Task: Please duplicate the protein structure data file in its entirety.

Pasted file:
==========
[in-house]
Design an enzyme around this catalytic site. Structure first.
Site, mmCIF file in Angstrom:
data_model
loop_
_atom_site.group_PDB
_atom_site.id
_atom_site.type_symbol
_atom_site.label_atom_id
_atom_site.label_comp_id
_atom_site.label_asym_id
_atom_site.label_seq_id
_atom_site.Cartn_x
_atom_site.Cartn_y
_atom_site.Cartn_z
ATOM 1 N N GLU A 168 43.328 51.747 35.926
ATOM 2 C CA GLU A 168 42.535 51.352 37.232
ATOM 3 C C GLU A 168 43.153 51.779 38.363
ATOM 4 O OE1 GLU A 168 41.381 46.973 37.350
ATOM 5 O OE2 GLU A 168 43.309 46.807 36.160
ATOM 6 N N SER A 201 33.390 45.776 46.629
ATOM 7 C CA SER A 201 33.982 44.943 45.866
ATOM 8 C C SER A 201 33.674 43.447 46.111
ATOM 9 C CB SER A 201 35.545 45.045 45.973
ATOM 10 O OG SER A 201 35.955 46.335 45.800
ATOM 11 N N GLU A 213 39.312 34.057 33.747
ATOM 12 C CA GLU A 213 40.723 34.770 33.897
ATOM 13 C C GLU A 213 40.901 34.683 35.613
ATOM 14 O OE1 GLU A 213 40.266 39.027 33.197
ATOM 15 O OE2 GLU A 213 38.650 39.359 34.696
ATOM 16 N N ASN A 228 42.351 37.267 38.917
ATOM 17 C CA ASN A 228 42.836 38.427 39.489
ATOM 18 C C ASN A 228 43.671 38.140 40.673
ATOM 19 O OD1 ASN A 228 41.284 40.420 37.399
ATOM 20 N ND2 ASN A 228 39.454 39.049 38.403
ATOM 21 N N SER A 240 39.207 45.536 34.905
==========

[in-house]
Design an enzyme around this catalytic site. Structure first.
Site, mmCIF file in Angstrom:
data_model
loop_
_atom_site.group_PDB
_atom_site.id
_atom_site.type_symbol
_atom_site.label_atom_id
_atom_site.label_comp_id
_atom_site.label_asym_id
_atom_site.label_seq_id
_atom_site.Cartn_x
_atom_site.Cartn_y
_atom_site.Cartn_z
ATOM 1 N N GLU A 168 43.328 51.747 35.926
ATOM 2 C CA GLU A 168 42.535 51.352 37.232
ATOM 3 C C GLU A 168 43.153 51.779 38.363
ATOM 4 O OE1 GLU A 168 41.381 46.973 37.350
ATOM 5 O OE2 GLU A 168 43.309 46.807 36.160
ATOM 6 N N SER A 201 33.390 45.776 46.629
ATOM 7 C CA SER A 201 33.982 44.943 45.866
ATOM 8 C C SER A 201 33.674 43.447 46.111
ATOM 9 C CB SER A 201 35.545 45.045 45.973
ATOM 10 O OG SER A 201 35.955 46.335 45.800
ATOM 11 N N GLU A 213 39.312 34.057 33.747
ATOM 12 C CA GLU A 213 40.723 34.770 33.897
ATOM 13 C C GLU A 213 40.901 34.683 35.613
ATOM 14 O OE1 GLU A 213 40.266 39.027 33.197
ATOM 15 O OE2 GLU A 213 38.650 39.359 34.696
ATOM 16 N N ASN A 228 42.351 37.267 38.917
ATOM 17 C CA ASN A 228 42.836 38.427 39.489
ATOM 18 C C ASN A 228 43.671 38.140 40.673
ATOM 19 O OD1 ASN A 228 41.284 40.420 37.399
ATOM 20 N ND2 ASN A 228 39.454 39.049 38.403
ATOM 21 N N SER A 240 39.207 45.536 34.905